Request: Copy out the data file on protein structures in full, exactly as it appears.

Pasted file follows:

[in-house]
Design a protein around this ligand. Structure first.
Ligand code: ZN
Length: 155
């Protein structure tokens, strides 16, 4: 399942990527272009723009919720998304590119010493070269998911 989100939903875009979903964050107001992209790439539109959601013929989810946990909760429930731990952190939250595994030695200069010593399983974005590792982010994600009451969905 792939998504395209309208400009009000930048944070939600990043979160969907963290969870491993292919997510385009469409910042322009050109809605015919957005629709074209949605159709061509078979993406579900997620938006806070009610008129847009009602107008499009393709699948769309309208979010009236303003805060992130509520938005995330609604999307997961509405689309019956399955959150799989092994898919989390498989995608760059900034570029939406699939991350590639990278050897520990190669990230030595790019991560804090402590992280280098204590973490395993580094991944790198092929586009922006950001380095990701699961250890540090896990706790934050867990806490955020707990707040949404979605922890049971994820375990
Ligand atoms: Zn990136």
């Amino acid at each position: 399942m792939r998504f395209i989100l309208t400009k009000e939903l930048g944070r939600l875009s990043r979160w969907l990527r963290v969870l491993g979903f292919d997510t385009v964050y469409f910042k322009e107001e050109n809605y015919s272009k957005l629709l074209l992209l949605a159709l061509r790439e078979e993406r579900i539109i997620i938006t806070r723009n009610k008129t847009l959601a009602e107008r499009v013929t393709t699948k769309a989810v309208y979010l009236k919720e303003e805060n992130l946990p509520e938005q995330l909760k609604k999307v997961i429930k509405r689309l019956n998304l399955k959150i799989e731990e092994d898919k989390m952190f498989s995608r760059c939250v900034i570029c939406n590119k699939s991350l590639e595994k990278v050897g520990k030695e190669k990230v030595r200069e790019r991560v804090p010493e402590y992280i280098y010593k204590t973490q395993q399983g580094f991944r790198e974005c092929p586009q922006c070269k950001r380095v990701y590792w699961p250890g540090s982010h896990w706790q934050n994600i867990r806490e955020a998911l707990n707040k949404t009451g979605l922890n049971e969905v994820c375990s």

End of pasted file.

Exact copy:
[in-house]
Design a protein around this ligand. Structure first.
Ligand code: ZN
Length: 155
């Protein structure tokens, strides 16, 4: 399942990527272009723009919720998304590119010493070269998911 989100939903875009979903964050107001992209790439539109959601013929989810946990909760429930731990952190939250595994030695200069010593399983974005590792982010994600009451969905 792939998504395209309208400009009000930048944070939600990043979160969907963290969870491993292919997510385009469409910042322009050109809605015919957005629709074209949605159709061509078979993406579900997620938006806070009610008129847009009602107008499009393709699948769309309208979010009236303003805060992130509520938005995330609604999307997961509405689309019956399955959150799989092994898919989390498989995608760059900034570029939406699939991350590639990278050897520990190669990230030595790019991560804090402590992280280098204590973490395993580094991944790198092929586009922006950001380095990701699961250890540090896990706790934050867990806490955020707990707040949404979605922890049971994820375990
Ligand atoms: Zn990136």
């Amino acid at each position: 399942m792939r998504f395209i989100l309208t400009k009000e939903l930048g944070r939600l875009s990043r979160w969907l990527r963290v969870l491993g979903f292919d997510t385009v964050y469409f910042k322009e107001e050109n809605y015919s272009k957005l629709l074209l992209l949605a159709l061509r790439e078979e993406r579900i539109i997620i938006t806070r723009n009610k008129t847009l959601a009602e107008r499009v013929t393709t699948k769309a989810v309208y979010l009236k919720e303003e805060n992130l946990p509520e938005q995330l909760k609604k999307v997961i429930k509405r689309l019956n998304l399955k959150i799989e731990e092994d898919k989390m952190f498989s995608r760059c939250v900034i570029c939406n590119k699939s991350l590639e595994k990278v050897g520990k030695e190669k990230v030595r200069e790019r991560v804090p010493e402590y992280i280098y010593k204590t973490q395993q399983g580094f991944r790198e974005c092929p586009q922006c070269k950001r380095v990701y590792w699961p250890g540090s982010h896990w706790q934050n994600i867990r806490e955020a998911l707990n707040k949404t009451g979605l922890n049971e969905v994820c375990s």